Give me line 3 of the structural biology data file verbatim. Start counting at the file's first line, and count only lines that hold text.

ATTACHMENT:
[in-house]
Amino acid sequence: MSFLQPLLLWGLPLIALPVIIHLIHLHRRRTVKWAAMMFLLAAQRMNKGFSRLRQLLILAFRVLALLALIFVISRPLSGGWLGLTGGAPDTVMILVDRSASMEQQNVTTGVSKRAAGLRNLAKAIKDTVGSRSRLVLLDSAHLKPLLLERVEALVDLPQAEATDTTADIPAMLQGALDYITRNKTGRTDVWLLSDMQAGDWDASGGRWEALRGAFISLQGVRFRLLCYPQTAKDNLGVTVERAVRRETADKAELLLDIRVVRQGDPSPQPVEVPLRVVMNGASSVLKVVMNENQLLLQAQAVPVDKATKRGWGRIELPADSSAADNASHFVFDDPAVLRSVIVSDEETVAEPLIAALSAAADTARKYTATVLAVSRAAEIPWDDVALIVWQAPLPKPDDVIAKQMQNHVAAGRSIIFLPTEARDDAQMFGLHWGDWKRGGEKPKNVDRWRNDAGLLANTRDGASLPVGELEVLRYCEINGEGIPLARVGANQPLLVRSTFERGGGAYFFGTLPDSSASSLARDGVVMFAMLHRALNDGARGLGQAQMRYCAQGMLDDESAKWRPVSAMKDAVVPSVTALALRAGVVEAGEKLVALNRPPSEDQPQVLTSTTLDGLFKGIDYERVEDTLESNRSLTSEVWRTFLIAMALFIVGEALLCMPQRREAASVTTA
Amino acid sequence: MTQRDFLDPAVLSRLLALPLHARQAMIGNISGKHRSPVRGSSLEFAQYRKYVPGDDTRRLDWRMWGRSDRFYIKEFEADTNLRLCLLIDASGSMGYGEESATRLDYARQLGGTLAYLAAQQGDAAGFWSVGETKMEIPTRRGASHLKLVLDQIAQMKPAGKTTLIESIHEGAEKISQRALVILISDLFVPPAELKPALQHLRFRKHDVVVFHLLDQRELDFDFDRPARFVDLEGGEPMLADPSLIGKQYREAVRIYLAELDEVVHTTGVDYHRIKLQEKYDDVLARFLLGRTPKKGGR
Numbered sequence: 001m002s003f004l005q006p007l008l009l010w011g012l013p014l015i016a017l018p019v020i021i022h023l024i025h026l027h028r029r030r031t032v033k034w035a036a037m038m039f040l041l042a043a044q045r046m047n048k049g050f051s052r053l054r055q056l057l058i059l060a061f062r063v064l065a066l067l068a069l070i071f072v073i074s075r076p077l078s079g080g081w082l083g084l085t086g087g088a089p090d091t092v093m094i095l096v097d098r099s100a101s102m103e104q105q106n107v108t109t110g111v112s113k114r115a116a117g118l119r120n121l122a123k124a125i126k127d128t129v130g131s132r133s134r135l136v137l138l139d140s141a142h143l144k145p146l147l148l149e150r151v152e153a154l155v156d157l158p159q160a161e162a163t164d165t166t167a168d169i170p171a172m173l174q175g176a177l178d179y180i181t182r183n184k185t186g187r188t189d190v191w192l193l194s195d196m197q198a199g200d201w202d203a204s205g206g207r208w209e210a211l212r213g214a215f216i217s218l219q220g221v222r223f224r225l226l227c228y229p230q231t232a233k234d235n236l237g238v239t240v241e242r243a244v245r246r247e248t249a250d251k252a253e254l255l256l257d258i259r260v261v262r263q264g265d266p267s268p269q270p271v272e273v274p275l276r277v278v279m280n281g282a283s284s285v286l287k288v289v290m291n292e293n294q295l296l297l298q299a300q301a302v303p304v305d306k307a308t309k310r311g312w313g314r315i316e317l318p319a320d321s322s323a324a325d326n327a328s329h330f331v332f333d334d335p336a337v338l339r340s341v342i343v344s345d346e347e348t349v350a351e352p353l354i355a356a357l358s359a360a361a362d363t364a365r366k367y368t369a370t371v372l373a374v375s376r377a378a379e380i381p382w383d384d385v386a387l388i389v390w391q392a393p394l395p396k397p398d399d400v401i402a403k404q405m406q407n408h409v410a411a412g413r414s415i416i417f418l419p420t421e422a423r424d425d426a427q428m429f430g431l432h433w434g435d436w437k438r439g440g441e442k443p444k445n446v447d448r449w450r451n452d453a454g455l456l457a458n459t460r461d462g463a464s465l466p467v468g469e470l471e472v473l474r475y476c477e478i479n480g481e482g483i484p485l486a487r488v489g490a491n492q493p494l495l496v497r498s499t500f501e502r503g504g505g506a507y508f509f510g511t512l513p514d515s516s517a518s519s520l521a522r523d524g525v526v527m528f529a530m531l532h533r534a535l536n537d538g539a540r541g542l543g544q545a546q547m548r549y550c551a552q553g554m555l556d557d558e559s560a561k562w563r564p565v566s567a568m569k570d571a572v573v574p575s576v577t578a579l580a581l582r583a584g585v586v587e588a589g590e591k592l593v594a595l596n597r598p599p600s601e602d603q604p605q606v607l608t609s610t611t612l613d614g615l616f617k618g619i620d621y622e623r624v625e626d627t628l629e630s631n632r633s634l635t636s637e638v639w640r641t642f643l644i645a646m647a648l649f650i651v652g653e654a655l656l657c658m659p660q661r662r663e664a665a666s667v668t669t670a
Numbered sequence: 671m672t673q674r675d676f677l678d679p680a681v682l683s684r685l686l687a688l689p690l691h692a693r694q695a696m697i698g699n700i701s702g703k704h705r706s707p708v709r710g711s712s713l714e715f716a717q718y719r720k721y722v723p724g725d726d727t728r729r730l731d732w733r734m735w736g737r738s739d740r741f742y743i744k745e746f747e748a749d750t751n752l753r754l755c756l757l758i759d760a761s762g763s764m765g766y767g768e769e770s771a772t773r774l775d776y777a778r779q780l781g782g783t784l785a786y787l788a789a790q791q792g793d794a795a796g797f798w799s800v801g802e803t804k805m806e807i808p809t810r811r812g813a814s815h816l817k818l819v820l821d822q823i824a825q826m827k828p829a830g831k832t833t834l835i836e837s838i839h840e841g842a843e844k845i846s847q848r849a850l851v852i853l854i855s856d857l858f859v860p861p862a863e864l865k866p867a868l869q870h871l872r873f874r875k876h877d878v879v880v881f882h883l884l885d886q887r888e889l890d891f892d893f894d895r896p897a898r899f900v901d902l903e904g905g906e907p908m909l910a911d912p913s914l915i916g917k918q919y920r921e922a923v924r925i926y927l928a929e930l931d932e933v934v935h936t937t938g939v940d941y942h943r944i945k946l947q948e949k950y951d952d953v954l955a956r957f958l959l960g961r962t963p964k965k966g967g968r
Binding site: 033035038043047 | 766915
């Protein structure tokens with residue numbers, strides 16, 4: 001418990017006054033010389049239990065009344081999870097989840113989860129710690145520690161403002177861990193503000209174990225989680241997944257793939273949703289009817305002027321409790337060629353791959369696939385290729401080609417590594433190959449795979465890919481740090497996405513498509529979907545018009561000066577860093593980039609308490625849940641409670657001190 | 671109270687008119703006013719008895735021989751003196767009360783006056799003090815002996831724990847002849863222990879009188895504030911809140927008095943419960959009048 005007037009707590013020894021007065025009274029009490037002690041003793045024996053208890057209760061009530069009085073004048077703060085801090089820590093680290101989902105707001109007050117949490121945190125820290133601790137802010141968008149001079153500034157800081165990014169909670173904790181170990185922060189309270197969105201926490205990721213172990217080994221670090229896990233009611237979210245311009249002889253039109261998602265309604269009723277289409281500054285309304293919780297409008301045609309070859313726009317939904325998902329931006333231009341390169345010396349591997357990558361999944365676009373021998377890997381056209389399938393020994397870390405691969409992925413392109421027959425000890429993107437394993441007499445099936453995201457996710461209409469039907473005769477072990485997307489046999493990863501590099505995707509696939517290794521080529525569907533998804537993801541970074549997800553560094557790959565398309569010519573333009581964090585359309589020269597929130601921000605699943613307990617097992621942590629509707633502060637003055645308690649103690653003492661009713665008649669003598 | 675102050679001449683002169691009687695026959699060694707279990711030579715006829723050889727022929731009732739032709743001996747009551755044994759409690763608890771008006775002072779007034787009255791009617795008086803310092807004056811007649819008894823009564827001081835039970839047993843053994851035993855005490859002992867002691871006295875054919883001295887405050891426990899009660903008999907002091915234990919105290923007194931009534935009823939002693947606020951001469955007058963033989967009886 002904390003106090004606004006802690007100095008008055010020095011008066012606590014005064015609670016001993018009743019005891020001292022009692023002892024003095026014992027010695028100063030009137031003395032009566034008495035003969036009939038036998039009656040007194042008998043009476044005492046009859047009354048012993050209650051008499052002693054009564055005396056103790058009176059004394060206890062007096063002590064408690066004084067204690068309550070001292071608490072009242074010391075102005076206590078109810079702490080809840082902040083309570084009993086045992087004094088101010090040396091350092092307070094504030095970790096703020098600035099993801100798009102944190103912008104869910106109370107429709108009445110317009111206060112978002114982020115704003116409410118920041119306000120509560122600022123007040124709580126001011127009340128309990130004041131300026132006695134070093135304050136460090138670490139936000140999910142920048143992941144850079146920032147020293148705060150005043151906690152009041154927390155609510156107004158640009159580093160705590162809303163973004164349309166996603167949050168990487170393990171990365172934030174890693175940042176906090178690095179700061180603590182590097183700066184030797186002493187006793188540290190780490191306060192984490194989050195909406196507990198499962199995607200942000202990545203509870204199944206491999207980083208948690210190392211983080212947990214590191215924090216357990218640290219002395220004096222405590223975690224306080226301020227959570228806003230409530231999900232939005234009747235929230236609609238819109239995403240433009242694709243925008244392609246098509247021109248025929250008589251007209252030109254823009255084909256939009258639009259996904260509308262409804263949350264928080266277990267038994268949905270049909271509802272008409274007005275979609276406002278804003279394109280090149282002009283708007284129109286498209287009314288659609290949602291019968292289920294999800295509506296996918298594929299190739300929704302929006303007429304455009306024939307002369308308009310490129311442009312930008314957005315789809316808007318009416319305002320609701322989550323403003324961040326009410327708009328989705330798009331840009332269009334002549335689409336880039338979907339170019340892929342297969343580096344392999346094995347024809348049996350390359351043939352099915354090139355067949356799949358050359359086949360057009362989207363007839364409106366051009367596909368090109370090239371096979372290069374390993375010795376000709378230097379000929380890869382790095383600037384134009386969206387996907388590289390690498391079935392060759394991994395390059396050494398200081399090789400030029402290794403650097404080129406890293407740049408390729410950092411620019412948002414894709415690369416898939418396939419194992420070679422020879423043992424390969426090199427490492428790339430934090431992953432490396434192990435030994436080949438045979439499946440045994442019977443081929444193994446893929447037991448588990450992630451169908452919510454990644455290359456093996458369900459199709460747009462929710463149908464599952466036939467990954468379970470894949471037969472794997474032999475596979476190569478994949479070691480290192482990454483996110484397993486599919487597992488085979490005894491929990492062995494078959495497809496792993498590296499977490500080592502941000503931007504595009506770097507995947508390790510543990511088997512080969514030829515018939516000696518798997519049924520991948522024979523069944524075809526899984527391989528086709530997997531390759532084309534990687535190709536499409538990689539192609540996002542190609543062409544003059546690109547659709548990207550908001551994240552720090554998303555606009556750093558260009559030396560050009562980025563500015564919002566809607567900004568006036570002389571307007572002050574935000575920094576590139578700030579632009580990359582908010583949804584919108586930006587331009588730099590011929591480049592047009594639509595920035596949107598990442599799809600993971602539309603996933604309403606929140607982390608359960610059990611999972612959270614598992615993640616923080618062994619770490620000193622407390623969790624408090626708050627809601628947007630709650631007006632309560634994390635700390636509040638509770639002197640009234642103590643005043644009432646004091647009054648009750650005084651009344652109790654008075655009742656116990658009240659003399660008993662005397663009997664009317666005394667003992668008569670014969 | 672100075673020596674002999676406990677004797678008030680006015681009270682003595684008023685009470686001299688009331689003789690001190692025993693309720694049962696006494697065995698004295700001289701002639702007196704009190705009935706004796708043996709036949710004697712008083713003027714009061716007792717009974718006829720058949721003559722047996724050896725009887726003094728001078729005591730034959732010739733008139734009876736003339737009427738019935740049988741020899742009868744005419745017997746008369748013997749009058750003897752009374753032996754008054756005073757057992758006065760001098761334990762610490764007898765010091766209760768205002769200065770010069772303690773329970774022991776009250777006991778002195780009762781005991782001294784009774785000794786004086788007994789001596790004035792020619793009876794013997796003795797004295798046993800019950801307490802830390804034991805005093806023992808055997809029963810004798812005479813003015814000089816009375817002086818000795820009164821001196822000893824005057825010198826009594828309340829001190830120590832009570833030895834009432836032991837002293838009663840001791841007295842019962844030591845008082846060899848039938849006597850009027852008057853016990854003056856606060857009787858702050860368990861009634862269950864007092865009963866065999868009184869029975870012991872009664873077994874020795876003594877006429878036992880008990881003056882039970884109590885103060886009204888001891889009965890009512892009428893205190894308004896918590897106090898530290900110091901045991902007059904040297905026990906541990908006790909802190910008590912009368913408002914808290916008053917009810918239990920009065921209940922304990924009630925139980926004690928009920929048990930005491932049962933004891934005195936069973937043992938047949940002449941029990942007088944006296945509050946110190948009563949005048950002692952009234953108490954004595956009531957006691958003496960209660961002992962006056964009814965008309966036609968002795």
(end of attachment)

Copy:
Amino acid sequence: MTQRDFLDPAVLSRLLALPLHARQAMIGNISGKHRSPVRGSSLEFAQYRKYVPGDDTRRLDWRMWGRSDRFYIKEFEADTNLRLCLLIDASGSMGYGEESATRLDYARQLGGTLAYLAAQQGDAAGFWSVGETKMEIPTRRGASHLKLVLDQIAQMKPAGKTTLIESIHEGAEKISQRALVILISDLFVPPAELKPALQHLRFRKHDVVVFHLLDQRELDFDFDRPARFVDLEGGEPMLADPSLIGKQYREAVRIYLAELDEVVHTTGVDYHRIKLQEKYDDVLARFLLGRTPKKGGR